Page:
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Mechanics

Scalars and Vectors

Introduction

Chapter 1 Units, Physical Quantities,


and vectors (sections 1-10)

1.1 The Nature of Physics

1.2* Solving Physics Problems

1.3 Standards and Units

1.4 Unit conversion

1.5* Uncertainty and Significant


Figures

1.6* Estimates and Orders of


Magnitude

1.7 Vectors and Vector Addition

1.8 Components of Vectors

1.9 Unit vectors

1.10 Products of Vectors


January 21, 2015

Physics and Mechanics

Physics deals with the nature and properties of matter


and energy. Common language is mathematics.
Physics is based on experimental observations and
quantitative measurements.
The study of physics can be divided into six main areas:

Classical mechanics
Electromagnetism
Optics
Relativity
Thermodynamics
Quantum mechanics

Classical mechanics deals with the motion and


equilibrium of material bodies and the action of forces.

January 21, 2015

Classical Mechanics

Classical mechanics deals with the motion of objects


Classical Mechanics: Theory that predicts qualitatively &
quantitatively the results of experiments for objects that
are NOT

Too small: atoms and subatomic particles Quantum Mechanics


Too fast: objects close to the speed of light Special Relativity
Too dense: black holes, the early Universe General Relativity

Classical mechanics concerns the motion of objects that


are large relative to atoms and move at speeds much
slower than the speed of light

January 21, 2015

Chapter 1 Measurement

Being quantitative in Physics requires


measurements
How tall is Ming Yao? How about
his weight?
Height: 2.29 m (7 ft 6 in)
Weight: 141 kg (310 lb)

Number

Unit

thickness is 10. has no physical meaning


Both numbers and units necessary for
any meaningful physical quantities
January 21, 2015

Type Quantities
Many things can be measured: distance,
speed, energy, time, force
These are related to one another: speed
= distance / time
Choose three basic quantities:

LENGTH
MASS
TIME

Define other units in terms of these.


January 21, 2015

SI Unit for 3 Basic Quantities


Many possible choices for units of Length,
Mass, Time (e.g. Yao is 2.29 m or 7 ft 6 in)
In 1960, standards bodies control and
define Systme Internationale (SI) unit as,

LENGTH: Meter
MASS: Kilogram
TIME: Second

January 21, 2015

Fundamental Quantities and SI


Units
Length

meter

Mass

kilogram

kg

Time

second

Electric Current

ampere

Thermodynamic Temperature

kelvin

Luminous Intensity

candela

cd

mole

mol

Amount of Substance

Why should we care about SI units?


Mars Climate Orbiter:
http://mars.jpl.nasa.gov/msp98/orbiter

January 21, 2015

SI Length Unit: Meter


French Revolution Definition,
1792
1 Meter = XY/10,000,000
1 Meter = about 3.28 ft
1 km = 1000 m, 1 cm =
1/100 m, 1 mm = 1/1000 m
Current Definition of 1
Meter: the distance traveled
by light in vacuum during a
time of 1/299,792,458
second.

January 21, 2015

SI Time Unit: Second

1 Second is defined in terms of an atomic clock


time taken for 9,192,631,770 oscillations of the light
emitted by a 133Cs atom.
Defining units precisely is a science (important, for
example, for GPS):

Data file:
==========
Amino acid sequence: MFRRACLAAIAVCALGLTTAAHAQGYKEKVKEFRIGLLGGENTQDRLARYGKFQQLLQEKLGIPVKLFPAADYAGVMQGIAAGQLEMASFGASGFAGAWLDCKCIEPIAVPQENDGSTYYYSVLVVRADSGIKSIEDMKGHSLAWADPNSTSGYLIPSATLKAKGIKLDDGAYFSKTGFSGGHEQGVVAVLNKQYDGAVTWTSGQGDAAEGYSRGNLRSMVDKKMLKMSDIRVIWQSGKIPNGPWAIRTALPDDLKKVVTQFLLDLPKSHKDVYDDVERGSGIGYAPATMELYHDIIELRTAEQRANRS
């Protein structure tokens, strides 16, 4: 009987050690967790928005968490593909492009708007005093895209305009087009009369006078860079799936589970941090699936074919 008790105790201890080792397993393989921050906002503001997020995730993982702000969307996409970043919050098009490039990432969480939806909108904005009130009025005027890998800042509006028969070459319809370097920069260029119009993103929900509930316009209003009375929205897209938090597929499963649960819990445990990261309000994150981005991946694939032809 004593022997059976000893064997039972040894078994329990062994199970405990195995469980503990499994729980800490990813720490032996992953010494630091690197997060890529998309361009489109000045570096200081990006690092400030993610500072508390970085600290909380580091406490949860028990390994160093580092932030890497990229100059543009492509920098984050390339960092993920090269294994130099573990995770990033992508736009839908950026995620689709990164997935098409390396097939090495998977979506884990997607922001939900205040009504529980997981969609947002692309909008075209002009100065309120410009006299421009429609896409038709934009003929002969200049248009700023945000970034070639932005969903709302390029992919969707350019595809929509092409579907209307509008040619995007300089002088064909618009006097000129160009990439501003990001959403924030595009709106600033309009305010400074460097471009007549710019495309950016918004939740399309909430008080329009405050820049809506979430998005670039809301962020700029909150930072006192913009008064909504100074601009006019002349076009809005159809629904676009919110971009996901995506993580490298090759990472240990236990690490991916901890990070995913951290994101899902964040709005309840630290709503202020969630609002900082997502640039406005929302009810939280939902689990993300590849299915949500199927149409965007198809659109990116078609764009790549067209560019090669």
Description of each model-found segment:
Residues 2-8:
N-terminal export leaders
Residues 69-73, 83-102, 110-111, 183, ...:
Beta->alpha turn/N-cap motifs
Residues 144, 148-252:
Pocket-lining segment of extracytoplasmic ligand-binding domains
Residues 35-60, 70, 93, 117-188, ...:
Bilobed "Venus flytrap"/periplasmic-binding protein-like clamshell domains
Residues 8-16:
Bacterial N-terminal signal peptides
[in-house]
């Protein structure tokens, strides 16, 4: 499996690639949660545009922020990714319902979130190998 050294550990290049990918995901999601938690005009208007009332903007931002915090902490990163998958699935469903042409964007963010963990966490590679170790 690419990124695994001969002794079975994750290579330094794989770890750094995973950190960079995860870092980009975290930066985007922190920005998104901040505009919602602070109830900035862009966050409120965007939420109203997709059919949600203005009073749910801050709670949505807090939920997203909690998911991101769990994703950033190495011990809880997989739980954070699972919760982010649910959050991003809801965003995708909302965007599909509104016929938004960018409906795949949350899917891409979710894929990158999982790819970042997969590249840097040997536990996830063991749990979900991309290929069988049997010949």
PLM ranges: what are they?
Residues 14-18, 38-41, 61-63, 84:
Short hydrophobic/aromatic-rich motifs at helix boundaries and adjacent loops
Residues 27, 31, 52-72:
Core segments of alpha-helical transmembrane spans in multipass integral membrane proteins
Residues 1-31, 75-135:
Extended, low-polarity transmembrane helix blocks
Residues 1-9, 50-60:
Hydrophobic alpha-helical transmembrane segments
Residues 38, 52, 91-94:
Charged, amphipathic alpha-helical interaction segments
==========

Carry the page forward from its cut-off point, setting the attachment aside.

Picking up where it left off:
This clock will neither gain nor lose a second in 20 million


years.
January 21, 2015

SI Mass Unit: Kilogram

1 Kilogram the mass of a


specific platinum-iridium alloy kept
at International Bureau of Weights
and Measures near Paris. (Seeking
more accurate measure:
http://www.economist.com/news/leaders/21569417-ki
logram-it-seems-no-longer-kilogram-paris-worth-ma
ss

)
Copies are kept in many other
countries.
Yao Ming is 141 kg, equivalent to
weight of 141 pieces of the alloy
cylinder.

January 21, 2015

Length, Mass, Time

January 21, 2015

Prefixes for SI Units

3,000 m = 3 1,000 m
= 3 103 m = 3 km
1,000,000,000 = 109 =
1G
1,000,000 = 106 = 1M
1,000 = 103 = 1k
141 kg = ? g
1 GB = ? Byte = ? MB

If you are rusty with scientific notation,


see appendix B.1 of the text

10x

Symb
Prefix
ol
x=1
exa
E
8

15
12
9

peta
tera
giga

6
3
2

mega
kilo
January 21, 2015

hecto

P
T
G
M
k
h

Prefixes for SI Units


Symb
Prefix
ol
x=deci
d

10x
1

-2
-3

centi
milli

-6

micro
-9
nano
-12
pico
-15

c
m

n
p
f

0.003 s = 3 0.001 s
= 3 10-3 s = 3 ms
0.01 = 10-2 = centi
0.001 = 10-3 = milli
0.000 001 = 10-6 = micro
0.000 000 001 = 10-9 =
nano
0.000 000 000 001 = 10-12
= pico = p
1 nm = ? m = ? cm
3 cm = ? m = ? mm
January 21, 2015

Derived Quantities and


Units
Multiply and divide units just like numbers

Derived quantities: area, speed, volume, density

Area = Length Length


SI unit for area = m 2
Volume = Length Length Length SI unit for volume = m 3
Speed = Length / time
SI unit for speed = m/s
Density = Mass / Volume
SI unit for density = kg/m 3

In 2008 Olympic Game, Usain Bolt sets world record at


9.69 s in Mens 100 m Final. What is his average speed
?

100 m 100 m
speed

10.32 m/s
9.69 s 9.69 s
January 21, 2015

Other Unit System

U.S. customary system: foot, slug, second


Cgs system: cm, gram, second
We will use SI units in this course, but it is useful to
know conversions between systems.

1
1
1
1

More can be found in Appendices A & D in your textbook.

mile = 1609 m = 1.609 km


1 ft = 0.3048 m = 30.48 cm
m = 39.37 in. = 3.281 ft
1 in. = 0.0254 m = 2.54 cm
lb = 0.465 kg1 oz = 28.35 g
1 slug = 14.59 kg
day = 24 hours = 24 * 60 minutes = 24 * 60 * 60 seconds

January 21, 2015

Unit Conversion